Fort Bragg man dies after boat capsizes off Mendocino coast
A Mendocino Coast man died and two others were rescued after their boat’s propeller became tangled in crab pots and capsized in rough seas near Noyo Harbor on New Year’s Eve, the U.S. Coast Guard said.
The victim has been identified as Richard Mottlow, 67, of Fort Bragg by friends and the local mortuary. His body was recovered New Year’s Day.
“He was just one of those guys everybody in the community loved,” said Darren Henman, funeral director and general manager of Chapel by the Sea.
The survivors - a woman and man also believed to be from the Fort Bragg area - were rescued Saturday night, Coast Guard officials said.
The boaters were returning to Noyo Harbor after collecting crab pots when they ran into trouble, Coast Guard Chief Petty Officer Gabriel Tait said.
They called for help about 6 p.m., reporting their approximately 30-foot vessel’s propeller was caught in crab pot lines, causing it to lose power while entering Noyo Harbor, he said. The Coast Guard launched a 47-foot boat but was unable to locate the distressed vessel, he said.
Tait said he and other Coast Guard officials went to a lookout at Todd Point, just south of the Noyo Bridge, where they heard a woman screaming for help. Using flashlights, they located her trapped in the water of a deep, narrow cove, wearing a life vest and being pulled and pushed by the waves, he said.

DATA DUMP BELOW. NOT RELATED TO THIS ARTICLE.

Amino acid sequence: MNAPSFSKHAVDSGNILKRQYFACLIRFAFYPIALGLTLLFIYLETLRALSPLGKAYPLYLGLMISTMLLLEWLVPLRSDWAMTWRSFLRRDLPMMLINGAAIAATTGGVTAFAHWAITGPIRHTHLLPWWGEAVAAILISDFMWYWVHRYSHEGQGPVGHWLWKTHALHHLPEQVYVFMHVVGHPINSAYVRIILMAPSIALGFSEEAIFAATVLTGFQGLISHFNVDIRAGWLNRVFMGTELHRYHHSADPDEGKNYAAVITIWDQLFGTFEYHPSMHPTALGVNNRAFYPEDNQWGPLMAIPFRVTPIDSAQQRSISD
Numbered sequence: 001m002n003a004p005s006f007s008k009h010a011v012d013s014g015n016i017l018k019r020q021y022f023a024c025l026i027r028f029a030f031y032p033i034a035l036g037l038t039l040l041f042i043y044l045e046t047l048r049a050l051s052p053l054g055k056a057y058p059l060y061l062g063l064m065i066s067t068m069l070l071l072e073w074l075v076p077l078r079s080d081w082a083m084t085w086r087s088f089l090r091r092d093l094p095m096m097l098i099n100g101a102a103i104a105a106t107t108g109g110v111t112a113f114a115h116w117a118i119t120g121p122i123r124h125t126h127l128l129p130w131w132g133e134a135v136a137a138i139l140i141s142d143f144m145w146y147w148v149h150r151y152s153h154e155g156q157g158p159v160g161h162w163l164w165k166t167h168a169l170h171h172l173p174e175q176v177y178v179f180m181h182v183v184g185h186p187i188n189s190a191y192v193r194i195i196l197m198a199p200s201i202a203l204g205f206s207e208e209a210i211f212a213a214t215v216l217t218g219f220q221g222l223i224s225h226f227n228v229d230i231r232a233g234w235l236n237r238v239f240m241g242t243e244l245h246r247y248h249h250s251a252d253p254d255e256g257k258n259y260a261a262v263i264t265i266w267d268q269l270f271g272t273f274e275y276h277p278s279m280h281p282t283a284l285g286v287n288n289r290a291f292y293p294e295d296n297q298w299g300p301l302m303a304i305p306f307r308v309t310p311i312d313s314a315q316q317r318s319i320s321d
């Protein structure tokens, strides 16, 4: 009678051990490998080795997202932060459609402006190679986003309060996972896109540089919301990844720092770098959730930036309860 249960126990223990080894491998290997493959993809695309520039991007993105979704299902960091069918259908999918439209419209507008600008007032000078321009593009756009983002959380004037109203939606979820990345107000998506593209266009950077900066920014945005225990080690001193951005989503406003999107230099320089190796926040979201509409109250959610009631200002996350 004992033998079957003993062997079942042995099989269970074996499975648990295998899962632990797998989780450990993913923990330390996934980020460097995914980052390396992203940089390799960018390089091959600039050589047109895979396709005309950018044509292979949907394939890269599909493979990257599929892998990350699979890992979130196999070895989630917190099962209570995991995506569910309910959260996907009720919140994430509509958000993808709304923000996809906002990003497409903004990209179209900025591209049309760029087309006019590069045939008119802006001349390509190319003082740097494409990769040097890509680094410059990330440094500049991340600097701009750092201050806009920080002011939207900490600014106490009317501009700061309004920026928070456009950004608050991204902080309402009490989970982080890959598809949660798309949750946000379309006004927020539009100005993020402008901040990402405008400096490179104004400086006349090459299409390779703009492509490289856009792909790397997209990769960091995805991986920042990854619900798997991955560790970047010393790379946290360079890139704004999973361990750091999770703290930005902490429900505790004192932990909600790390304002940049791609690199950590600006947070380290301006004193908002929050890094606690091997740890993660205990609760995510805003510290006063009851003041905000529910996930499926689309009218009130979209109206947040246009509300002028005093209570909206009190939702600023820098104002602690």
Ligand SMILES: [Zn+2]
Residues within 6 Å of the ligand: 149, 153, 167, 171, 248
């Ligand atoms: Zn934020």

About 15 minutes later, rescuers found a man in another steep gully, but he was safely out of the water and sitting on the rocks.
Rescuers from the Fort Bragg Volunteer Fire Department rapelled down the steep cliffs to reach the woman and pull her out of the water, Tait said. A firefighter warmed her with blankets until a helicopter arrived and lifted her out of the ravine before transferring her to the local hospital, he said.
Rescuers then rapelled down another steep cliff to rescue the man, Tait said.
By that time, some 45 personnel from multiple agencies, including the Coast Guard, Fort Bragg Fire and Police departments, Cal Fire, the Mendocino County Sheriff’s Office and others, were on scene searching for the remaining man and the boat. Two Coast guard helicopters and a fixed-wing plane also scoured the area, ultimately finding the boat, broken to pieces in a cove, but not the victim.
The ground searches were suspended at 11 p.m., Tait said.
They resumed along with overflights early New Year’s Day and the man’s body was found about 7 a.m., Tait said.
Tait said all three people had been wearing life jackets, but the victim was found without one, not far from the boat’s wreckage, Tait said.
“Without a doubt, life jackets saved those two’s lives,” he said.
Tait said the ocean was rough Saturday night, with 8- to 10-foot waves and winds of up to 20 knots. Such conditions are not unusual in the winter, he said.
Details of how the boat overturned were unclear, but it may have gotten too close to the rocky shoreline as it approached the harbor, Tait said. The channel is narrow and shallow and, this time of year, populated by crab pots.
“It’s crab season,” Tait said. “People have crab pots all over the area.”
He said he believes the victims’ crab pots were elsewhere.
Once the propeller was caught in the crab lines, the boat either was inundated by waves or overturned, Tait said.
Fort Bragg residents who knew Mottlow are reeling from the loss, Henman said.
“Everybody’s just devastated,” he said.
With his tattoos, long white hair and beard, and motorcycle gear, Mottlow might appear intimidating but “he was a teddy bear,” said Henman, who met him about two years ago while managing the funeral of another Mottlow family member.
Family members were not available Monday, but according to Mottlow’s Facebook page, he was married and had a son who recently died.
You can reach Staff Writer Glenda Anderson at 707-462-6473 or email@example.com. On Twitter @MendoReporter.